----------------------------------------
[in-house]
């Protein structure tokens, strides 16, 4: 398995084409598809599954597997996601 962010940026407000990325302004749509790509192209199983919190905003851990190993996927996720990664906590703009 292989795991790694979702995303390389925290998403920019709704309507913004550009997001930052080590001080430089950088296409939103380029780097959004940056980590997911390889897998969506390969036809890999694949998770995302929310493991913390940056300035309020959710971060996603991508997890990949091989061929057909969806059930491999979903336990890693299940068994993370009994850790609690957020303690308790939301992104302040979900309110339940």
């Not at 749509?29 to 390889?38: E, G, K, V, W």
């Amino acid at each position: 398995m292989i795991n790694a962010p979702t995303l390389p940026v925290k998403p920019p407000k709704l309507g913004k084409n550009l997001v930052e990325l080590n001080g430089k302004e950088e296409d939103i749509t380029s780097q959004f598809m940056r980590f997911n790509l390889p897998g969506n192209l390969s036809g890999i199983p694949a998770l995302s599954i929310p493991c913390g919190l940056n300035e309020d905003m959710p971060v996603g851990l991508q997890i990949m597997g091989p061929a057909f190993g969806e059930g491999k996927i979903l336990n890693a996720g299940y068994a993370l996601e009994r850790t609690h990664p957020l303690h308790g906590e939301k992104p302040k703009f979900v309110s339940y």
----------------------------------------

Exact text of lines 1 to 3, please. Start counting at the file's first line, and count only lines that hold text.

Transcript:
[in-house]
């Protein structure tokens, strides 16, 4: 398995084409598809599954597997996601 962010940026407000990325302004749509790509192209199983919190905003851990190993996927996720990664906590703009 292989795991790694979702995303390389925290998403920019709704309507913004550009997001930052080590001080430089950088296409939103380029780097959004940056980590997911390889897998969506390969036809890999694949998770995302929310493991913390940056300035309020959710971060996603991508997890990949091989061929057909969806059930491999979903336990890693299940068994993370009994850790609690957020303690308790939301992104302040979900309110339940």
């Not at 749509?29 to 390889?38: E, G, K, V, W």